We are in Arequipa now, further south and higher up. It is very dry and pretty sunny here- 76 degrees when we arrived at 2 pm. It is spring right now, so I suppose it will get a little warmer soon. We are living with a host family, Julio and Miriam and their oldish children Diego, Pablo, and Daniela. Also Joni, who lives on the roof, but I'm not sure what's going on there. I think she is one of the maids. The house is super fun, and our accomodations surpassed our expectations. We have a comfortable room with plenty of space and a double bed. I think right now I am on some other house's internet, but there is internet nonetheless. Everything is provided- food, laundry, cleaning, etc.
To be honest, we're a little lost about what's going on in the house, not due to language barriers, but rather lack of orientation. The privacy and mental space is kind of nice, but I am also very curious about what the heck we're doing. We don't start school until Monday. Is there anything we have to do between now and then? What will we do tomorrow? What time are meals? Do we eat with the family or does everyone come as they please? What do people eat for meals? As you can imagine, food is of utmost importance to me right now. Are other people sharing our bathroom? Are we expected to spend our time in the family living space? I probably should make a list of questions for Miriam and ask her tomorrow.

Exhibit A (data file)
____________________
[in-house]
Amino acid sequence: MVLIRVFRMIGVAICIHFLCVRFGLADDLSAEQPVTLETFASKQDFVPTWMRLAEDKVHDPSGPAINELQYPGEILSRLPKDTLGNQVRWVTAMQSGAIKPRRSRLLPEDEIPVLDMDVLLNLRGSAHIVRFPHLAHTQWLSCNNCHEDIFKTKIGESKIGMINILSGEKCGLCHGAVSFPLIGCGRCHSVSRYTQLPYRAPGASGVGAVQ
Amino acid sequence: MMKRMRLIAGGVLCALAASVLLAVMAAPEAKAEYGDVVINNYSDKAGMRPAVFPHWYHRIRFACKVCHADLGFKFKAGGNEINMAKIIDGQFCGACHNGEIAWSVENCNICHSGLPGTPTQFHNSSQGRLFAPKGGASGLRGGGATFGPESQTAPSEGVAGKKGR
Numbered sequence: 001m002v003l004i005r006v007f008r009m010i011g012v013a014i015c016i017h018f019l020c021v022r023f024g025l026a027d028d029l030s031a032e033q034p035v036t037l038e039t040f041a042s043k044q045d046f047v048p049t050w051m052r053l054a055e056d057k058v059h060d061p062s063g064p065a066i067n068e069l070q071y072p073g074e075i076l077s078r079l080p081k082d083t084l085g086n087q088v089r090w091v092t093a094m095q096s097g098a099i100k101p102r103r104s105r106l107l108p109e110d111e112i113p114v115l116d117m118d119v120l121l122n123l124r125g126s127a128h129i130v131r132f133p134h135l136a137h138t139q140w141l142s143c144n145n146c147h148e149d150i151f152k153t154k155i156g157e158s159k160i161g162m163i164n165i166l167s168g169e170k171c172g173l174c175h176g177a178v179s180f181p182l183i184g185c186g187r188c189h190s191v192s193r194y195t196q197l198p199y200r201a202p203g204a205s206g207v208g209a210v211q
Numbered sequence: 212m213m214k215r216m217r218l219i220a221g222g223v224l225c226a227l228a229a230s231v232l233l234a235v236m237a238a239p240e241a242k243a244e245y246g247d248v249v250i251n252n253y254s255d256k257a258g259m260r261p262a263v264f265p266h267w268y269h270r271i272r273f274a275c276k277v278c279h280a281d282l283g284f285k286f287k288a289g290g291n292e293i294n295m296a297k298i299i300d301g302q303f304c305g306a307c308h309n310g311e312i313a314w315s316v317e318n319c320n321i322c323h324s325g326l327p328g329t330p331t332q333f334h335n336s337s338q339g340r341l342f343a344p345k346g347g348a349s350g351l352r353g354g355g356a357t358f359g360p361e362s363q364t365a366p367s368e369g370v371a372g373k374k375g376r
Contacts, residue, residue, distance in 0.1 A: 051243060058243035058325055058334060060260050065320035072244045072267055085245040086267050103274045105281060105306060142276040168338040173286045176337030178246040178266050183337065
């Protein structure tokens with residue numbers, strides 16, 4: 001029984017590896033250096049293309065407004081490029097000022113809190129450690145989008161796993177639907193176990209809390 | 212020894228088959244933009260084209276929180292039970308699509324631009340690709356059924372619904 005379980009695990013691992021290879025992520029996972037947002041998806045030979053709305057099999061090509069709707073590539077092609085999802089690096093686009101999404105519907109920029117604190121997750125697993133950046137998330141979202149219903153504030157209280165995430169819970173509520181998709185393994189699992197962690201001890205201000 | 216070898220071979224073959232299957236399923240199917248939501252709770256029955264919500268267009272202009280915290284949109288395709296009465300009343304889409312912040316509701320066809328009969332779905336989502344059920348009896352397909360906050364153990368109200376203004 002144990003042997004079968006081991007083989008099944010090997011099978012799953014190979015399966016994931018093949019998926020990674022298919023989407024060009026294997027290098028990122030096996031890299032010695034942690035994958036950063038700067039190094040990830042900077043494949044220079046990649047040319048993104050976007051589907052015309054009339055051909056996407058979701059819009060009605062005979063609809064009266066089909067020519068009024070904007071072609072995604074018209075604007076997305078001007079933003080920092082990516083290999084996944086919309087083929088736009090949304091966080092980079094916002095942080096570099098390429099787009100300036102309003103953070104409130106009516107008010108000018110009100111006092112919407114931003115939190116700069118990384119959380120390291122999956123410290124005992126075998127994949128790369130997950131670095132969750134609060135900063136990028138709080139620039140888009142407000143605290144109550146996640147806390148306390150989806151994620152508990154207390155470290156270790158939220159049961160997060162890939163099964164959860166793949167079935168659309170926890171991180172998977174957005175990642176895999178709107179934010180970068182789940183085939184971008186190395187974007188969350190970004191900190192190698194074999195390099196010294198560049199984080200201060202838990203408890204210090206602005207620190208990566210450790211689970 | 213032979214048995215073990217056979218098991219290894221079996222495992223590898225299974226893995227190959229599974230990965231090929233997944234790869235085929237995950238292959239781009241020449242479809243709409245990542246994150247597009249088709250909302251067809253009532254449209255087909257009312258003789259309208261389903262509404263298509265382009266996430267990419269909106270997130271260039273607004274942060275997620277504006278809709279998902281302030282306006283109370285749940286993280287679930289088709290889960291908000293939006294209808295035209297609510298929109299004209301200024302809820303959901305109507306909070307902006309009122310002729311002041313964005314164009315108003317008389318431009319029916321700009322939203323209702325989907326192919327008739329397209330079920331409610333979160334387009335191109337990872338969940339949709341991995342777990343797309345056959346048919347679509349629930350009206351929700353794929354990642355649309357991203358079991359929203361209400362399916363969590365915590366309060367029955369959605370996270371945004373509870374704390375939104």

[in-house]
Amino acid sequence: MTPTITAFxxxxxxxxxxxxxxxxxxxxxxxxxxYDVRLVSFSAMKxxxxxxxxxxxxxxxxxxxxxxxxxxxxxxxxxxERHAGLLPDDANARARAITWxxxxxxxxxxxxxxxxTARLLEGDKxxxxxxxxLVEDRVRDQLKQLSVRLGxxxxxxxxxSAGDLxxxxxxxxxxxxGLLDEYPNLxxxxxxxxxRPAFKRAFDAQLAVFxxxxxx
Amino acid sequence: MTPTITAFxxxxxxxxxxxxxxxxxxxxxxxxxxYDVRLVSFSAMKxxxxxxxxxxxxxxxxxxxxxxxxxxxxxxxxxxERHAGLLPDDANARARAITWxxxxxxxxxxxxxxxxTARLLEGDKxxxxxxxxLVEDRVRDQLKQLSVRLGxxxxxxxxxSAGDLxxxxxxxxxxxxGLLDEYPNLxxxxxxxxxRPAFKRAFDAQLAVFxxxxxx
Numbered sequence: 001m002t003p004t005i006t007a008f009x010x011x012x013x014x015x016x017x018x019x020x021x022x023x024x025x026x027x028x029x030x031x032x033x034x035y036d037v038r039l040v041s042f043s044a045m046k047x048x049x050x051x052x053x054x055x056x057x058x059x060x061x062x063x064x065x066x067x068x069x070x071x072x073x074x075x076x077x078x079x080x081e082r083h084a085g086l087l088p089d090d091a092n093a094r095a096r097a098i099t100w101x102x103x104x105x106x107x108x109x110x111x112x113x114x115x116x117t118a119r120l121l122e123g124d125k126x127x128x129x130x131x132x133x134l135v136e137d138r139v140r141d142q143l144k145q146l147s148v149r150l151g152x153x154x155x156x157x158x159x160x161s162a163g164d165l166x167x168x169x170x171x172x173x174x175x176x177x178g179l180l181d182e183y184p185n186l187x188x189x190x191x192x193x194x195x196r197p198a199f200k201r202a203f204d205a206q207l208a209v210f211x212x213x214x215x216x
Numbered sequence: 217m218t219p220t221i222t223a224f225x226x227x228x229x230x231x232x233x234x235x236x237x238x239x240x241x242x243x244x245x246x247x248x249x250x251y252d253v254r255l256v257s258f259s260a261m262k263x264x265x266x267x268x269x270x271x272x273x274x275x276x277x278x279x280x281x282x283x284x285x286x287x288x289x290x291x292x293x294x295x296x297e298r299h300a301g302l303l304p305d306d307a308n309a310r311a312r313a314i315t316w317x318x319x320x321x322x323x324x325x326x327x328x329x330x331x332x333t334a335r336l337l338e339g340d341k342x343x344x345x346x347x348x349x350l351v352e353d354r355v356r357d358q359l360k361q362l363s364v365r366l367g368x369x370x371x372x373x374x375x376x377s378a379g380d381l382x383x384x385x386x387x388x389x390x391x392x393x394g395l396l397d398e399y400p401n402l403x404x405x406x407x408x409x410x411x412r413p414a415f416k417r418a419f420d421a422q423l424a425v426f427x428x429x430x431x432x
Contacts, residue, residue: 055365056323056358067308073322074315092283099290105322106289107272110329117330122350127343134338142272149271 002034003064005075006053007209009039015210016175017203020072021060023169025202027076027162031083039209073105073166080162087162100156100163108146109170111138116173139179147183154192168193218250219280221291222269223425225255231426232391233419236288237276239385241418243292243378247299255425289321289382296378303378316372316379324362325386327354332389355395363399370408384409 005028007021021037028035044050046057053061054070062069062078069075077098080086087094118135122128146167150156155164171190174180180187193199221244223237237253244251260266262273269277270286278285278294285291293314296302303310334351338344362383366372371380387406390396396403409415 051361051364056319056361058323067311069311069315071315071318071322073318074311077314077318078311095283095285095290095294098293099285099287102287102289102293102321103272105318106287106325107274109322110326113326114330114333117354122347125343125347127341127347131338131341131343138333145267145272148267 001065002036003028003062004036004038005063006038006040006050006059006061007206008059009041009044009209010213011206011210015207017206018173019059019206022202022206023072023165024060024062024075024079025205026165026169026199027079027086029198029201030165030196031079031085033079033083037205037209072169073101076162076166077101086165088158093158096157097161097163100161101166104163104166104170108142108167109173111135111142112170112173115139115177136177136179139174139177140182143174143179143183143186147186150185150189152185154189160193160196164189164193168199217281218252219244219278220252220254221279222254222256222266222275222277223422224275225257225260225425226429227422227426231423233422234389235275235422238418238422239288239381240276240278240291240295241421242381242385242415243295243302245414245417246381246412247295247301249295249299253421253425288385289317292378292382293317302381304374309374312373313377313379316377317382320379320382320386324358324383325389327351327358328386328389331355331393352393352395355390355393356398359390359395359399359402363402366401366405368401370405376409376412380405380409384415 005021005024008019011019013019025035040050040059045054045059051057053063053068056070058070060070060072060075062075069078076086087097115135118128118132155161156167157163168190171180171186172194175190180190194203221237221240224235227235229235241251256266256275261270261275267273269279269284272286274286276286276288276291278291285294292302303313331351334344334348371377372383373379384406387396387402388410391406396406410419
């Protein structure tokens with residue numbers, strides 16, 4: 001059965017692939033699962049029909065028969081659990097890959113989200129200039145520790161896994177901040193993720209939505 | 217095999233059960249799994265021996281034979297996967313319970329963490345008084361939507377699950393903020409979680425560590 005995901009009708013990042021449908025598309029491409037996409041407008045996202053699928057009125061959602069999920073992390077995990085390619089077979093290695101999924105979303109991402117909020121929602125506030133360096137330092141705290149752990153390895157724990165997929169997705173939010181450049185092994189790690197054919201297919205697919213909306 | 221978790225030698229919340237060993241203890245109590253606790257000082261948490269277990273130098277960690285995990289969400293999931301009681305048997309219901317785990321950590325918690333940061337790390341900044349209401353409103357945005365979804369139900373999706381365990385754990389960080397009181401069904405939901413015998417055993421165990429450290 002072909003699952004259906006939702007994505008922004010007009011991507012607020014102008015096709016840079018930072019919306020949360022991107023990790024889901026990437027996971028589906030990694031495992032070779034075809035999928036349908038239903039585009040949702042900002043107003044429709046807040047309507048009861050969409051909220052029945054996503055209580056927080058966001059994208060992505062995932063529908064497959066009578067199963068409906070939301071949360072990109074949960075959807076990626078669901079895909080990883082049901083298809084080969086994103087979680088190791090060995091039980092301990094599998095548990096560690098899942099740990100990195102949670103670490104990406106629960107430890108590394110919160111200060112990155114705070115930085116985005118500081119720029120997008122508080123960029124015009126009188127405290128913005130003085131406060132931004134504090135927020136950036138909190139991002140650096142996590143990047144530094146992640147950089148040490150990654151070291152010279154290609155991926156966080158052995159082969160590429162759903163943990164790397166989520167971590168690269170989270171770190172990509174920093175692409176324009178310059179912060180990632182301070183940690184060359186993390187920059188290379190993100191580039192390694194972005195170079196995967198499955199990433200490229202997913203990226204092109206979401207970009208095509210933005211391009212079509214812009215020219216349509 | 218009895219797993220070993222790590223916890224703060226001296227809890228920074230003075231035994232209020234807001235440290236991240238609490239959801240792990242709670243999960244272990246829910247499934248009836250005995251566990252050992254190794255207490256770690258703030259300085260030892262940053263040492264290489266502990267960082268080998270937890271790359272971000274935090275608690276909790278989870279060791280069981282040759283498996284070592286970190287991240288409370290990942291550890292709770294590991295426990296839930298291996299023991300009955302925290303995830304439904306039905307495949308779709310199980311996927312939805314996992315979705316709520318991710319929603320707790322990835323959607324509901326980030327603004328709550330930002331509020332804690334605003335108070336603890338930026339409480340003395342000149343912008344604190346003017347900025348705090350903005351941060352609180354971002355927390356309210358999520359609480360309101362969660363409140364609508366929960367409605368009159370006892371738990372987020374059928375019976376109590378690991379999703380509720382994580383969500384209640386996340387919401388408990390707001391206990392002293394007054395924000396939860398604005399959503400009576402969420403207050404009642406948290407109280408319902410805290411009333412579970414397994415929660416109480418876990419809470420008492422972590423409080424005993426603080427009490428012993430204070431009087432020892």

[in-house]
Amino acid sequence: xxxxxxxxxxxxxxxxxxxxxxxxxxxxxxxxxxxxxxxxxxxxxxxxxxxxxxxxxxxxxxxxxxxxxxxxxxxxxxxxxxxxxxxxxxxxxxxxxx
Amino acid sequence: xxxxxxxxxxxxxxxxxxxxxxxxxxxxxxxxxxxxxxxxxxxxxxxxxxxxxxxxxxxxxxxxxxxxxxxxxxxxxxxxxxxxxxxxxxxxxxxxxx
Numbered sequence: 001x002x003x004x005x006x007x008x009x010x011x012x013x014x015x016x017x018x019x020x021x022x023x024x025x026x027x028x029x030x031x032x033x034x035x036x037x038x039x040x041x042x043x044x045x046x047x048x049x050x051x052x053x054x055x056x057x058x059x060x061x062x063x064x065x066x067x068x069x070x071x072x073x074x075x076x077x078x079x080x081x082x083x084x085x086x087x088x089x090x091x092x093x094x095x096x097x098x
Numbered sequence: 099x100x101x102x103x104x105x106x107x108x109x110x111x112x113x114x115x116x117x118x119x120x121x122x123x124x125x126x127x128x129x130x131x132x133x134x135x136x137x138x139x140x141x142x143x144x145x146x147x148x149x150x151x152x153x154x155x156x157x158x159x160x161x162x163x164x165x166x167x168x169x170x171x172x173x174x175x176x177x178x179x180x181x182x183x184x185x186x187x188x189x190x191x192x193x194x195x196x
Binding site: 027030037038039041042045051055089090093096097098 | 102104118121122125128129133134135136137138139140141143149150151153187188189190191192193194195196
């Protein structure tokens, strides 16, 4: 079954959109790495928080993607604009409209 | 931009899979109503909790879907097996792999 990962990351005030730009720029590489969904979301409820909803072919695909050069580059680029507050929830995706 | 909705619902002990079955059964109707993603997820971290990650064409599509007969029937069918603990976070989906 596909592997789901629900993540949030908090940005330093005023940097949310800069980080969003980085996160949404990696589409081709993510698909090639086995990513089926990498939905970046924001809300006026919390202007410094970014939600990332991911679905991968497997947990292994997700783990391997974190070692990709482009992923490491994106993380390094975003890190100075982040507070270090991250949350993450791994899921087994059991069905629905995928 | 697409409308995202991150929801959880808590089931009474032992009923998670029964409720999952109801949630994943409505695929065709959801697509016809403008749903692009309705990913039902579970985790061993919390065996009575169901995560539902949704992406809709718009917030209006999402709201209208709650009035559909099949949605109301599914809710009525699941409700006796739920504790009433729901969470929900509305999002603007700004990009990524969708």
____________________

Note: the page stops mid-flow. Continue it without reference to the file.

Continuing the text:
So far this town seems very different. Lima has 9 million people, Arequipa 2 million, Puerto Supe 12,000. Puerto is quiet and friendly and something like summer camp in the sense that everything is close together, there's not much of anything, you walk in the middle of the road, and people all greet each other when they walk by. Lima is a booming metropolis, not fancy like New York but more like San Jose, Costa Rica or something. If you have traveled in Latin America, I'm sure you can imagine the place. Arequipa is supposed to be more of a European city, but so far we haven't seen that part (maybe tomorrow, when we plan to go to the Plaza). What we've seen so far reminds me more of the poor parts of Bejing, really. Or of some other impoverished place that also has a lot of people. Also there are a lot more Quechua people here- descendents of the Incas who still look the way you imagine they did 500 years ago when the Spaniards came.